Examples of Religious Geist:

Religious Statues of Gods/Goddesses: Similarly, images of the gods need to be flattering to the god represented. The Hellenistic Greek Aphrodite of Melos, 150 BC, and the Bengal image of Kali, c. 1900, and the Chinese image of Guanyin, c.1100, reflect such societal concerns. Aphrodite is not a mere mortal, but an ideal woman, too good to be true. While the artist was naturalistic in his representation of the texture of the flesh, the volume of the breasts, their asymmetrical arrangement, the depth of the belly button, and the natural posture with weight balanced on one leg, her face is abstract with its oval head, almond shaped eyes, straight nose, and lips no wider than her nostrils. Her hair appears like a perfect cap. The curve of her body is in a perfect “S” shape, and proportionally, she may be too long bodied from her shoulders to her groin. It would have been insulting for the artist to have physically represented a goddess as a mere mortal; the artist had the obligation to represent her as more perfect and ideal as she is ageless and will eternally reside on Mt. Olympus. In contrast, the image of Kali from the Bengal province of India represents a different Geist. As this statue is a product of a different culture with different ideals, the depiction of the goddess is a radical departure from the Greek concept of beauty. Kali is the Hindu goddess who oversees the destruction of mankind. She was created by the other gods to check human population growth through her “tools” of pestilence and natural disasters. She roams the cremation grounds (Hindus cremate the dead) and therefore her skin is blackened with the ash of the fires. Naturalistic? She has the basic body of a human, but with her four arms, fangs and blood thirsty grin, she is clearly a product of society’s collective disegno interno. She wears a necklace of heads around her neck, holds a decapitated head as if a handbag, and walks on a bloated corpse. The statue of Kali represents the Geist of the Hindi artist, and according to their social constructs, this would be sanctioned by the priests and pleasing in the sight of Kali herself. Last is the statue of Guanyin, a guardian deity of the Chinese. She was a princess who abandoned her family in order to follow the path of Buddhism. When she refused to return to her parents to stay in the monastery in order to learn more about the new faith, her father ordered the destruction of the monastery and his daughter within. For her willingness to give up all for her newfound faith, she was awarded divine status. Guanyin is depicted sitting upon a mountain on an island off the southern coast of India and watching over humanity, reading to spring into action when her name is invoked. As a goddess, she wears a crown, jewels, elaborate scarves, and relaxes in a position called “royal ease.” However, also due to her divinity, she is not shown with mortals’ bones and muscles, anatomical details, or sexually explicit parts. Her body shapes are abstract and stylized as she is above earth and the coils of humanity.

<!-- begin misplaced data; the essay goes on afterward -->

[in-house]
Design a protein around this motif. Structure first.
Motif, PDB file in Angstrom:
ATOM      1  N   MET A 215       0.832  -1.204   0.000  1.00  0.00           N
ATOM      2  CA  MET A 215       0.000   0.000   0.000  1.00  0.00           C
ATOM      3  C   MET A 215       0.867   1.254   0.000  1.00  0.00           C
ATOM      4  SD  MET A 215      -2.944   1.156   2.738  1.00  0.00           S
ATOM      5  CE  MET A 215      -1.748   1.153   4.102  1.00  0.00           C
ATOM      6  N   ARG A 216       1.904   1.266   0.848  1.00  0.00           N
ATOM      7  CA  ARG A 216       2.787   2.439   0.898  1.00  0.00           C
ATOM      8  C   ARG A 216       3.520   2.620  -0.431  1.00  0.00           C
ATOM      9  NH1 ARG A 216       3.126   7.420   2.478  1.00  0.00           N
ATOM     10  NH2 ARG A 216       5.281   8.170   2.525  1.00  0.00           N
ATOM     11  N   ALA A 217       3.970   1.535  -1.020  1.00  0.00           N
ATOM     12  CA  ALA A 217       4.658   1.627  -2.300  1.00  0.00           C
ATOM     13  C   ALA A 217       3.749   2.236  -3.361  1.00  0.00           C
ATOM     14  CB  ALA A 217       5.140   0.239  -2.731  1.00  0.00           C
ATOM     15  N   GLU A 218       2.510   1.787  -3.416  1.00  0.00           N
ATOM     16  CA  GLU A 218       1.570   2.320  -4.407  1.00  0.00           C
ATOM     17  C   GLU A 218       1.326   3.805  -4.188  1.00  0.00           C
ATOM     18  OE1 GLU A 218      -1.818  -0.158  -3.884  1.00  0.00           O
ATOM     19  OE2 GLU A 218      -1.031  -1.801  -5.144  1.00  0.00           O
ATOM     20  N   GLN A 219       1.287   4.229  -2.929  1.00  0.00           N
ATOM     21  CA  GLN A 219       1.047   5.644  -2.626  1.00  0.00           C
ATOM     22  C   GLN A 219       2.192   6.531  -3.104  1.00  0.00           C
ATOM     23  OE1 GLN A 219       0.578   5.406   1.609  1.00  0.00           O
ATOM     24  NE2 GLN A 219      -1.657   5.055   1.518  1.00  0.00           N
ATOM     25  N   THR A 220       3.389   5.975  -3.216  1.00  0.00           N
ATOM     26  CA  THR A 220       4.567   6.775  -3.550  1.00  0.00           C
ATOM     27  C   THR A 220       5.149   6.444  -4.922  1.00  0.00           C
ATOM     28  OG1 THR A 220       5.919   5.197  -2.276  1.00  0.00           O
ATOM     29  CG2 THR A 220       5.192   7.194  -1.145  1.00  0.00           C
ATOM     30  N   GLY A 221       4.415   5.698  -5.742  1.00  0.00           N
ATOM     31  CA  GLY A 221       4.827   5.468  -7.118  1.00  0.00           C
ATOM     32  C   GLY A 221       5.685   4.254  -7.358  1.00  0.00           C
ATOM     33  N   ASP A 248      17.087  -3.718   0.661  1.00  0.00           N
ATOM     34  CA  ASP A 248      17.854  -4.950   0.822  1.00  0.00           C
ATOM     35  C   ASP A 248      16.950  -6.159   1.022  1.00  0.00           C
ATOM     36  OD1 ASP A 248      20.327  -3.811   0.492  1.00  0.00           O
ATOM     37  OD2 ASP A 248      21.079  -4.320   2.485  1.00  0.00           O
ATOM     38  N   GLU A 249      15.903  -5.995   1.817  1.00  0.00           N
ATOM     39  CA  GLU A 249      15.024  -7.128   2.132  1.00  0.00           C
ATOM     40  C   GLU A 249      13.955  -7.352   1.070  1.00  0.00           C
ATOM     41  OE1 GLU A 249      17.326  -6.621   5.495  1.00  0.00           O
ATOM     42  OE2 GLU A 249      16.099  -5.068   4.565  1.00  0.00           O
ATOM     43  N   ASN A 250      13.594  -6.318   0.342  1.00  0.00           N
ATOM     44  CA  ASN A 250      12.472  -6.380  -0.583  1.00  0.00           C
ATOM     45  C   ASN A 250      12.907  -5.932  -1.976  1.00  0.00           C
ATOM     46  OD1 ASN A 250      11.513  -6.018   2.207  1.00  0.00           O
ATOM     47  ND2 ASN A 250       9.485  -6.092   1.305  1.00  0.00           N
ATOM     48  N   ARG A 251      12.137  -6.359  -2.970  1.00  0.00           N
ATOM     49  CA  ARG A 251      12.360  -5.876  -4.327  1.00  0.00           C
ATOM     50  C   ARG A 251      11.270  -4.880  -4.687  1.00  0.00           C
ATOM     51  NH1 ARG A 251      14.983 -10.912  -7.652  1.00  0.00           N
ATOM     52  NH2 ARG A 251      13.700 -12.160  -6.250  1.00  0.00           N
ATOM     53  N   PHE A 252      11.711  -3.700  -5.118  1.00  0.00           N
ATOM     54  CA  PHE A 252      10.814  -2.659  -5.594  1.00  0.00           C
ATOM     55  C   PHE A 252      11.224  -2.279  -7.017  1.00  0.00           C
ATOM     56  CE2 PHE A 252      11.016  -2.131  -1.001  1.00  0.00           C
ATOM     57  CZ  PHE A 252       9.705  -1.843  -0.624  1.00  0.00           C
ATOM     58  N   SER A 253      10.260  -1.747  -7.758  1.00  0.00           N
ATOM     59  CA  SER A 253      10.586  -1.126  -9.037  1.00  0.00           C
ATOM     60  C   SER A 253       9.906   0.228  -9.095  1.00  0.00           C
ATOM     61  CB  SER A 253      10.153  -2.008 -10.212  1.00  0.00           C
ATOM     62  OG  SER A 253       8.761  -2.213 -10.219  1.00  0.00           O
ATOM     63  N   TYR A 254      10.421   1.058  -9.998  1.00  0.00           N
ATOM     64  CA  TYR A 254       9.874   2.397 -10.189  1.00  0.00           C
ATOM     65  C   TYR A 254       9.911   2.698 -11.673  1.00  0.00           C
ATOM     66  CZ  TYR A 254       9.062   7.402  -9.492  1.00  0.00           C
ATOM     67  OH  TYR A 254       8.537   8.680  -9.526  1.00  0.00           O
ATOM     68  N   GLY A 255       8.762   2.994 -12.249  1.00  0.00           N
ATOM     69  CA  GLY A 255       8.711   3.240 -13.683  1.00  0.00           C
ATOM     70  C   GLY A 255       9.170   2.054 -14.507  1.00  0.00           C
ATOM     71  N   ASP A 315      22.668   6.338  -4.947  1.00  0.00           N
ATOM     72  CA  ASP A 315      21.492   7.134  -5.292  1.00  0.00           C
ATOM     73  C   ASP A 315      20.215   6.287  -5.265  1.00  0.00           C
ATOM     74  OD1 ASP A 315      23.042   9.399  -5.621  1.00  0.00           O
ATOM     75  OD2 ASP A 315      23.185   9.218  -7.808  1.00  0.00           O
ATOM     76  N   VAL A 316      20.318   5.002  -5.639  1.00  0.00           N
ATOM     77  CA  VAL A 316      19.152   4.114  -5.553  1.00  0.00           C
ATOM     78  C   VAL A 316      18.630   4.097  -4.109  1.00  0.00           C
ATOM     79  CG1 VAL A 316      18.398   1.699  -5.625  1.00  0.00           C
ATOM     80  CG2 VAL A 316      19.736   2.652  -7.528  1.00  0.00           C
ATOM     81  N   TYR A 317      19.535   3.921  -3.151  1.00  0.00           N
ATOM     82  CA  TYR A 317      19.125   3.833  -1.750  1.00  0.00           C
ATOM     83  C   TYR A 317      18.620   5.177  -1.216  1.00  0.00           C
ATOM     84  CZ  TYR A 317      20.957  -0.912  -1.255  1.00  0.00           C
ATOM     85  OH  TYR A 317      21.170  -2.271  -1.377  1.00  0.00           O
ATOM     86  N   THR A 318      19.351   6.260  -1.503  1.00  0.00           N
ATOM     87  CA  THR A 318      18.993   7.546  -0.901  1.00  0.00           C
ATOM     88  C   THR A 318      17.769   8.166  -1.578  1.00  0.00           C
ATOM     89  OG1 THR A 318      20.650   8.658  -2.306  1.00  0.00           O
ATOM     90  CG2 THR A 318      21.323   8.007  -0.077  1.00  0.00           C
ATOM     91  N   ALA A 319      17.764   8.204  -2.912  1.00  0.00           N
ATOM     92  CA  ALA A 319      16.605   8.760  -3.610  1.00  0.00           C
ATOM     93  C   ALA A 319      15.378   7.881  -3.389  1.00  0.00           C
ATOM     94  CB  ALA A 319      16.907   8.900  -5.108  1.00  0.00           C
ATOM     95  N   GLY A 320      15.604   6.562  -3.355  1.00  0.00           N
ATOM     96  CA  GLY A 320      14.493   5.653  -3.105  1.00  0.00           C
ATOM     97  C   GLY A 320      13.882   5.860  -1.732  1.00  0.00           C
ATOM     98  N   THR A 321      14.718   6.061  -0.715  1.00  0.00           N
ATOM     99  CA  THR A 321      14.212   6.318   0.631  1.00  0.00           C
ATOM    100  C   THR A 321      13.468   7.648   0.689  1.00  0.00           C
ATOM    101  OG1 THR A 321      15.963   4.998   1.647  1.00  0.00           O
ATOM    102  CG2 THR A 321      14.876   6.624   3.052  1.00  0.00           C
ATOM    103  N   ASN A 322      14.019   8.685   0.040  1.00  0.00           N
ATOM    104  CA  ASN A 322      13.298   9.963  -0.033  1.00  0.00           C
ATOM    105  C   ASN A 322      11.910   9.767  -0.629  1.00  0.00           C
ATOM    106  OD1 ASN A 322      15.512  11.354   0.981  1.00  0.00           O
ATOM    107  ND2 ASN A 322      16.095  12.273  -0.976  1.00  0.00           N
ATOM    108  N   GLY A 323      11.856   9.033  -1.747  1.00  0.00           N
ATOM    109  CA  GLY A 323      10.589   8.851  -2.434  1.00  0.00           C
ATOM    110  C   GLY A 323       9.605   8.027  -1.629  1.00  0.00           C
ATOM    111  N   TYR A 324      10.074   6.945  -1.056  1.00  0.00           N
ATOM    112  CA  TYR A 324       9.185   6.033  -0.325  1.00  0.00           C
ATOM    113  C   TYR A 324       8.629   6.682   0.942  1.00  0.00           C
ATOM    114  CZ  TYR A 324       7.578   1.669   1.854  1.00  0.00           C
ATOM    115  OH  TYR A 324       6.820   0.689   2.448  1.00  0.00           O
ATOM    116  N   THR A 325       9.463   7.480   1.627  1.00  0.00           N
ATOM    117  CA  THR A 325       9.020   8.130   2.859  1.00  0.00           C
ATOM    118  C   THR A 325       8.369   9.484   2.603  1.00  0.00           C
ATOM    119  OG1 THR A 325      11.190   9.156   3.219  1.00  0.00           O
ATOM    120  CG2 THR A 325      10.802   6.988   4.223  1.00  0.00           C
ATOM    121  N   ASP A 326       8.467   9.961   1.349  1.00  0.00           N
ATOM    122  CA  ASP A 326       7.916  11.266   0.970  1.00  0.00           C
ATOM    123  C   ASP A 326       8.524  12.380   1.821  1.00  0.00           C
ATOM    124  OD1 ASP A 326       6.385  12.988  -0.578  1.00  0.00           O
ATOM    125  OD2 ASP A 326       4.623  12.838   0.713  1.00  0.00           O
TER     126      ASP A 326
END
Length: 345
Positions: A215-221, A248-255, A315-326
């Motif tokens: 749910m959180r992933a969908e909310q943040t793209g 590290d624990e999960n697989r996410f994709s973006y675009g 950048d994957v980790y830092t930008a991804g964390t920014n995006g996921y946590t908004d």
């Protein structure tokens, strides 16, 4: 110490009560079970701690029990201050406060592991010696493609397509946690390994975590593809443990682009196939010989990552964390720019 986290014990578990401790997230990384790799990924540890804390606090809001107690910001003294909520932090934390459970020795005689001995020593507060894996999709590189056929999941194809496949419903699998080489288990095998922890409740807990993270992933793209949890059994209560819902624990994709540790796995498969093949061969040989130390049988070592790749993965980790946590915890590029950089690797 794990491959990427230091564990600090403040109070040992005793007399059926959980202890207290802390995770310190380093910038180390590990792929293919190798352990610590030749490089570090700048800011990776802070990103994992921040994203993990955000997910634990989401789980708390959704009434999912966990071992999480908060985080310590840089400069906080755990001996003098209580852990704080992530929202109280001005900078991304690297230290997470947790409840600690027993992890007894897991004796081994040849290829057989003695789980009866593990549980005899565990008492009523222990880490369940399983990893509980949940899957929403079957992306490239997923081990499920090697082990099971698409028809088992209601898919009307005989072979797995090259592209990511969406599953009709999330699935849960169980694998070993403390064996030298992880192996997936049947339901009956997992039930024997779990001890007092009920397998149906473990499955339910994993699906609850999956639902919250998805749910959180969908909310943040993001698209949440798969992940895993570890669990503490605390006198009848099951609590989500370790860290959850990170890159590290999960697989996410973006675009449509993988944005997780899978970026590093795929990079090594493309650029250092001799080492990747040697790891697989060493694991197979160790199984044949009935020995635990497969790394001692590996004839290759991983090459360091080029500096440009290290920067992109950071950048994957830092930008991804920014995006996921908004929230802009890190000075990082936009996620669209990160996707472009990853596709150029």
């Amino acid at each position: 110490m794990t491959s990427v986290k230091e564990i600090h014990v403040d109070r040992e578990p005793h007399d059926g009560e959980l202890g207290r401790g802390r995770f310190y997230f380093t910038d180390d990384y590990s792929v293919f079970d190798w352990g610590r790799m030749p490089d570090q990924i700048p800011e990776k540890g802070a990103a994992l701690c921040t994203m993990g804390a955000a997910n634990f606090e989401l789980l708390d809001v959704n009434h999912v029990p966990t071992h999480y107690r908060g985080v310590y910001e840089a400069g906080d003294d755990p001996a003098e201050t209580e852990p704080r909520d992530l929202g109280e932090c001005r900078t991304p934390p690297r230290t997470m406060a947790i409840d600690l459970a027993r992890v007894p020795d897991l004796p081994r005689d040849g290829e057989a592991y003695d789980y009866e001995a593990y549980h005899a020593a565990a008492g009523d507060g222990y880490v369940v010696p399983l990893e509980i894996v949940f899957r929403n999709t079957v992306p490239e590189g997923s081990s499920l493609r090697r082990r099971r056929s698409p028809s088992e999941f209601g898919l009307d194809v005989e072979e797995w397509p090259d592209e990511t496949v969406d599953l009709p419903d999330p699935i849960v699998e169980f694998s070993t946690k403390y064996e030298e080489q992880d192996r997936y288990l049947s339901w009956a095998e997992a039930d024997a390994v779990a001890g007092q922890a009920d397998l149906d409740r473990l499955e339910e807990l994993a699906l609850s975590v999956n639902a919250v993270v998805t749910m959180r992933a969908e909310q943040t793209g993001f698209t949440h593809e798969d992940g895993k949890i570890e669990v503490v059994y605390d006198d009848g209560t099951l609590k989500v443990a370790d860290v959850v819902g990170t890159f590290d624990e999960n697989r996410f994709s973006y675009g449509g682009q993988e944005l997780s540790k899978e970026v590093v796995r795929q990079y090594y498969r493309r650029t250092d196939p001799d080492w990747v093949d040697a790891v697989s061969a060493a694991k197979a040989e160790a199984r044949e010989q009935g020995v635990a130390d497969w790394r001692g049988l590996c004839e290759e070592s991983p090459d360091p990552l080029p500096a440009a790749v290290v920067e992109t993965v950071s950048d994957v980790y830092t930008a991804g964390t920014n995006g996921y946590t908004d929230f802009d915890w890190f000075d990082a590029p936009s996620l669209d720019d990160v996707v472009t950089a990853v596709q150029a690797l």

THIS IMAGE NEEDS TO BE LIGHTENED UP, IT’S TOO DARK

 

THIS ONE ALSO, PLEASE LIGHTEN IT UP

 ADD A THIRD IMAGE TO THIS PAGE. IT IS THE ILLUSTRATION OF “GUANYIN”. IT IS IN THE OLD MODULE #27.